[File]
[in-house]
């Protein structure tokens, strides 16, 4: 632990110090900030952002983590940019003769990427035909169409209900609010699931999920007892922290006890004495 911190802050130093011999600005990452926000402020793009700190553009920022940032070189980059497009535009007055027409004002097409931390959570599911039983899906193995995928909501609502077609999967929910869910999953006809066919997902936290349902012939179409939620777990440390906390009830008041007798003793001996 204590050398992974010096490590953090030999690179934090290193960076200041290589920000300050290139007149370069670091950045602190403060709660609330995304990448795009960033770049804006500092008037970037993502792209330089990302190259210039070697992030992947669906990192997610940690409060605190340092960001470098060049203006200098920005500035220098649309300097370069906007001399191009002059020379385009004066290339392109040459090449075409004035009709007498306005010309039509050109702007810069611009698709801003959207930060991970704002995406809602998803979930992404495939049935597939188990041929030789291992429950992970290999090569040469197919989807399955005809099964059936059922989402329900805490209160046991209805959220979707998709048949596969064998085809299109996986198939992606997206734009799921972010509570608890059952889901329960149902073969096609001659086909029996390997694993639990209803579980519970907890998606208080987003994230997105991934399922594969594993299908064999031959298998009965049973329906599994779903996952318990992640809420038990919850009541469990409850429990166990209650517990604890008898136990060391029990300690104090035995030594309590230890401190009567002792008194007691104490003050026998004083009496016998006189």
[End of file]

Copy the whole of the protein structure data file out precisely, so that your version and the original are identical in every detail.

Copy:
[in-house]
């Protein structure tokens, strides 16, 4: 632990110090900030952002983590940019003769990427035909169409209900609010699931999920007892922290006890004495 911190802050130093011999600005990452926000402020793009700190553009920022940032070189980059497009535009007055027409004002097409931390959570599911039983899906193995995928909501609502077609999967929910869910999953006809066919997902936290349902012939179409939620777990440390906390009830008041007798003793001996 204590050398992974010096490590953090030999690179934090290193960076200041290589920000300050290139007149370069670091950045602190403060709660609330995304990448795009960033770049804006500092008037970037993502792209330089990302190259210039070697992030992947669906990192997610940690409060605190340092960001470098060049203006200098920005500035220098649309300097370069906007001399191009002059020379385009004066290339392109040459090449075409004035009709007498306005010309039509050109702007810069611009698709801003959207930060991970704002995406809602998803979930992404495939049935597939188990041929030789291992429950992970290999090569040469197919989807399955005809099964059936059922989402329900805490209160046991209805959220979707998709048949596969064998085809299109996986198939992606997206734009799921972010509570608890059952889901329960149902073969096609001659086909029996390997694993639990209803579980519970907890998606208080987003994230997105991934399922594969594993299908064999031959298998009965049973329906599994779903996952318990992640809420038990919850009541469990409850429990166990209650517990604890008898136990060391029990300690104090035995030594309590230890401190009567002792008194007691104490003050026998004083009496016998006189």